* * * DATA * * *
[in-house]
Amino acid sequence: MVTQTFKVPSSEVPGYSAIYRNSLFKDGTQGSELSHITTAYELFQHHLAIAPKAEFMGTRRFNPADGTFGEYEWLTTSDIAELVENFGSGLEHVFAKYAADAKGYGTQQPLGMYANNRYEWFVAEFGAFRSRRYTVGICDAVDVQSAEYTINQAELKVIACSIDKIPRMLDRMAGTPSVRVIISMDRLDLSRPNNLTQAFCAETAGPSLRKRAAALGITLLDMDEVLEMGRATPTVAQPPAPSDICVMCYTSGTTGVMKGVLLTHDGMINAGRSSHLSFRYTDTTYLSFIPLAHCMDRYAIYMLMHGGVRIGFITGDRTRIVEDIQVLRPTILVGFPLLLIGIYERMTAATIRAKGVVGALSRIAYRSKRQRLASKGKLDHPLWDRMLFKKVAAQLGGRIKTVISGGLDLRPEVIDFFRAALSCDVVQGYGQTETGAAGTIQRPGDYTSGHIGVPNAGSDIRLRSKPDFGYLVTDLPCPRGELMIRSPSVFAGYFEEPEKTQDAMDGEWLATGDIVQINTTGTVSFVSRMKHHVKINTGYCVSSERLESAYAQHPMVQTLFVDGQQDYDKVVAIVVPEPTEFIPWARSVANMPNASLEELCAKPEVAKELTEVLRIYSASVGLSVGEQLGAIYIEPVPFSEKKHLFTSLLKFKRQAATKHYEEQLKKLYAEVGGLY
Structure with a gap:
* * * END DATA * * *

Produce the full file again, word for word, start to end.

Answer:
[in-house]
Amino acid sequence: MVTQTFKVPSSEVPGYSAIYRNSLFKDGTQGSELSHITTAYELFQHHLAIAPKAEFMGTRRFNPADGTFGEYEWLTTSDIAELVENFGSGLEHVFAKYAADAKGYGTQQPLGMYANNRYEWFVAEFGAFRSRRYTVGICDAVDVQSAEYTINQAELKVIACSIDKIPRMLDRMAGTPSVRVIISMDRLDLSRPNNLTQAFCAETAGPSLRKRAAALGITLLDMDEVLEMGRATPTVAQPPAPSDICVMCYTSGTTGVMKGVLLTHDGMINAGRSSHLSFRYTDTTYLSFIPLAHCMDRYAIYMLMHGGVRIGFITGDRTRIVEDIQVLRPTILVGFPLLLIGIYERMTAATIRAKGVVGALSRIAYRSKRQRLASKGKLDHPLWDRMLFKKVAAQLGGRIKTVISGGLDLRPEVIDFFRAALSCDVVQGYGQTETGAAGTIQRPGDYTSGHIGVPNAGSDIRLRSKPDFGYLVTDLPCPRGELMIRSPSVFAGYFEEPEKTQDAMDGEWLATGDIVQINTTGTVSFVSRMKHHVKINTGYCVSSERLESAYAQHPMVQTLFVDGQQDYDKVVAIVVPEPTEFIPWARSVANMPNASLEELCAKPEVAKELTEVLRIYSASVGLSVGEQLGAIYIEPVPFSEKKHLFTSLLKFKRQAATKHYEEQLKKLYAEVGGLY
Structure with a gap: